Dealing With Feedback, Criticism, and Complaints

written by Erica Quam

At the end of the season, you’re going to get feedback from your athletes, staff, and administration.

A lot of coaches - consciously or unconsciously - have a lot of stress during this time.

Couple that with the fact you’ve had a long season…and probably not much of a break.

How do you respond to criticism - from your athletes, parents, administrators, or other coaches?

Sorry to be the downer...and I'm letting you know there will always be people who judge and criticize you for actions you take and decisions you make. 

You can't escape cricitism!

It doesn't matter how hard you work, how perfect you are, or what level of success you reach...there will always be someone there to judge you.

How do you respond?

A) THE BOXER: I get pissed...and fight back.

When someone criticizes me, I jump in to defend myself. I fight back!


When you get pissed and fight back (usually with an intent to make the other person feel bad) you often end up feeling worse. This approach is usually misaligned with your values.

B) THE VICTIM: I take it in, then complain about it.

I take criticism personally. Then...I collude with other people who will feel sorry for me and make me feel better.


When you play the role of the victim, you enter the infamous drama triangle. Instead of becoming empowered…you rely on someone else to come and rescue you. Usually, you end up moving into the role of the bully - as you make your case against the person who criticized you. The dance continues in the drama triangle…until someone decides to step out.

C) THE OSTRICH: I totally ignore it…whatever!

When I hear criticism, I let it go. I duck my head in the sand and pretend it didn't happen.


The ostrich usually doesn’t just ignore the criticism…the ostrich gets cynical. When you get to the point when criticism no longer hurts you lose the ability to feel positive emotions - like joy and happiness.

D) THE TURTLE: I take it in and KEEP it in.

I take criticism personally. Then…I keep it to myself. I don’t want to let anyone know how hurt I am.


When you take in the criticism and withdraw (believing the criticism as your reality) you get caught up in shame. You look at yourself through someone else's eyes - instead of your own. This usually turns on your own INNER critic - which is even worse than the original criticism!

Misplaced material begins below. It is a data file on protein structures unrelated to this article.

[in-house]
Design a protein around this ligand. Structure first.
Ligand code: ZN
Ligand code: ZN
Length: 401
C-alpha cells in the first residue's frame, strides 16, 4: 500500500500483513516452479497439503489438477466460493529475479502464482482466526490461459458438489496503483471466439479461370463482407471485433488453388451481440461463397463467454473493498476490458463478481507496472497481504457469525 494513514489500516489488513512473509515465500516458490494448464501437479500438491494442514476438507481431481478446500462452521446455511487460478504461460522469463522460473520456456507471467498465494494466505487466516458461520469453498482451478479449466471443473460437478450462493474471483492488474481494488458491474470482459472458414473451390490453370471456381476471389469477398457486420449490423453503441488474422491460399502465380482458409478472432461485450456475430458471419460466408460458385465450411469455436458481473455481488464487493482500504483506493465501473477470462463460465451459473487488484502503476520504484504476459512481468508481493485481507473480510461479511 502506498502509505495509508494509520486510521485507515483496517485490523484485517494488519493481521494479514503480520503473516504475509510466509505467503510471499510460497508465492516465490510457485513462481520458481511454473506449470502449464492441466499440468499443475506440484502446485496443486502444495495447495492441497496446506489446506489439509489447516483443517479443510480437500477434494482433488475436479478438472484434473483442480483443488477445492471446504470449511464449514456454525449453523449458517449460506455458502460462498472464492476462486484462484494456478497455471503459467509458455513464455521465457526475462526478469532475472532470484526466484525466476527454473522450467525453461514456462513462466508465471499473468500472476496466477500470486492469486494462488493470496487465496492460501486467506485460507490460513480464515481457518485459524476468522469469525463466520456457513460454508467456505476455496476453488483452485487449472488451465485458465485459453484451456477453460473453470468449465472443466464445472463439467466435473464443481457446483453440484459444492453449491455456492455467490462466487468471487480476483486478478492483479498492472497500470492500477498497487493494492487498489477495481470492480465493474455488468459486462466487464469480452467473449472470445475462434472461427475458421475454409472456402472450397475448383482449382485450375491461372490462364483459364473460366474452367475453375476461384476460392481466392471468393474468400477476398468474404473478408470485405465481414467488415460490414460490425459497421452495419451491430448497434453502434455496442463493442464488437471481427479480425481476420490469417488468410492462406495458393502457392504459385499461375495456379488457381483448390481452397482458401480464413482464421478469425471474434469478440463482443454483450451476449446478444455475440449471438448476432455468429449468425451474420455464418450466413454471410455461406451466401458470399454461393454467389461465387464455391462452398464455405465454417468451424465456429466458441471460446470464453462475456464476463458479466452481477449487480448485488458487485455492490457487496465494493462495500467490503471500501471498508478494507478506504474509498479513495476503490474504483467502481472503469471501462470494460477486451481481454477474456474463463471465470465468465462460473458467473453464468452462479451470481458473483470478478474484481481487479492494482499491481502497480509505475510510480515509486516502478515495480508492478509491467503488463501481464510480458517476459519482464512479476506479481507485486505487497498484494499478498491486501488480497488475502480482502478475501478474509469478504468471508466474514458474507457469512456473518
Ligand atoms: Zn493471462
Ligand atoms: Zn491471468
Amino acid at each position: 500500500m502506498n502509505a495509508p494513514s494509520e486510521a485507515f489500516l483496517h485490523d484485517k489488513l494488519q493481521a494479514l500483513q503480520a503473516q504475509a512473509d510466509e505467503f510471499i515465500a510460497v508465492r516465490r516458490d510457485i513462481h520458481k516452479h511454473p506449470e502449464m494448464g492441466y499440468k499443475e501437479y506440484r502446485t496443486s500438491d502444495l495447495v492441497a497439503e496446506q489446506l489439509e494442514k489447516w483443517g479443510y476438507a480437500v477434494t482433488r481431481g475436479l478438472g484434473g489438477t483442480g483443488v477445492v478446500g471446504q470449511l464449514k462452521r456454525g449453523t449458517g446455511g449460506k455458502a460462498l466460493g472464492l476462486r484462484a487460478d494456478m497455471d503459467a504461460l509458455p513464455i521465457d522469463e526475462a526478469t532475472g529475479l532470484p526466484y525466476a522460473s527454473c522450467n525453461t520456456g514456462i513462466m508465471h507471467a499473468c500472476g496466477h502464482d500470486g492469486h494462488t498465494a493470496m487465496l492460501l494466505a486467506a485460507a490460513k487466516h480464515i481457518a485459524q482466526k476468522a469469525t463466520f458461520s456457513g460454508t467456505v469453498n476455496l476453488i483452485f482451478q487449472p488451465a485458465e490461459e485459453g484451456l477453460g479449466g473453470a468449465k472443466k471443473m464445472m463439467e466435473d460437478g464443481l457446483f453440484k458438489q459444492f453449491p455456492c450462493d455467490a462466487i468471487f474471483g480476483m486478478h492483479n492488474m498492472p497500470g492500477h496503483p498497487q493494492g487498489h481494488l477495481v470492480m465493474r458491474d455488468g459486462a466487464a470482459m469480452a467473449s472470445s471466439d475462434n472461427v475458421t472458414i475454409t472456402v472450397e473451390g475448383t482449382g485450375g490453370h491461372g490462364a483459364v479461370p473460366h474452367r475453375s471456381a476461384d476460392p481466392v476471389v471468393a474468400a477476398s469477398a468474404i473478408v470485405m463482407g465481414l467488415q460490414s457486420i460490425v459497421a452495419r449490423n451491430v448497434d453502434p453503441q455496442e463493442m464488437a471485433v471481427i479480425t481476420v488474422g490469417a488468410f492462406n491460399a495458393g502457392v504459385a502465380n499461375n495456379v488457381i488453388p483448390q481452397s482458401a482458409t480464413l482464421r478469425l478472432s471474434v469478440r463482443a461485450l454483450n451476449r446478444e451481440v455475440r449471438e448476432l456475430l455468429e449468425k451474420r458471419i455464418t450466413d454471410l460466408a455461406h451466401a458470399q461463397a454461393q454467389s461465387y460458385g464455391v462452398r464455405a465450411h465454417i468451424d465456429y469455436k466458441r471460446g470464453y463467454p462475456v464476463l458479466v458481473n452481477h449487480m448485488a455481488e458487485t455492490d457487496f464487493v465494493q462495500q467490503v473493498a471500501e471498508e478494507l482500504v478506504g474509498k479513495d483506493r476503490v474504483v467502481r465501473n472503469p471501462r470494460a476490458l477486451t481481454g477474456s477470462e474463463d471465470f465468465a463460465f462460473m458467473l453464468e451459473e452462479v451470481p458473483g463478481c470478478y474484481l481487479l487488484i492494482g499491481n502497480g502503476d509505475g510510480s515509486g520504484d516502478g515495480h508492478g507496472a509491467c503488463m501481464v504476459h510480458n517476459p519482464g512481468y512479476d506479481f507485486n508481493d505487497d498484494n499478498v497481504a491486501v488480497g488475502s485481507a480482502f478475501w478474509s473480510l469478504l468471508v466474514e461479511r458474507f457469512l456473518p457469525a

None of these 'strategies' are actually effective. These are the ways we try to self protect. One of these is usually your go-to or default mode…the pattern you rely on most frequently.

Is there a better way to deal with criticism - than self protecting?


When someone criticizes you, it's about them. It's about their personal experience - from their unique lens. 

You don't have to take it ON. Can you do a better job of taking it IN?

1. Take a breath

This is the most important step...and maybe the hardest. If you can pause -for a few seconds or one deep breath - before responding, this will take you out of your default mode.

2. Recognize emotions

Recognize the emotions that come up for you as you experience criticism. If you get hooked or charged up about something…take a look at it. If someone’s comments send you through the roof…there's probably something under the surface to explore further.

3. Stay out of judgement

Don't become the critic yourself! Separate the person from their criticism.

4. Consider the source

Take the other person's perspective. Get curious about what they see? Ask yourself, 'Is there's something I don't know about myself that's being revealed?'

5. Unravel intent

What’s the intent behind their criticism? Do they care about you? Are they trying to be helpful? Or...are they just being mean?

6. Decide

Decide what to take away and what you can learn. Decide how much energy you'll spend on the criticism. Then move on.


1. You need to be selective of the feedback you let in. The mean stuff can really hurt! Set boundaries and limits up for yourself from the mean stuff! Definitely don’t read online comments, tweets, or replies from anonymous trolls that are just out there to hurt.

2. You need empathy…which is different from a rescue. Brené Brown makes a great differentiation when she explains how you don’t need someone to fix it for you, you need someone to let you know that you're not alone. Not everyone can be that empathetic person for you. It’s a skill. Identify one or two dependable people you can trust instead of expecting everyone to have this skill.

Now, it's your turn. Identify your default mode and add something you've learned about criticism in the comments below.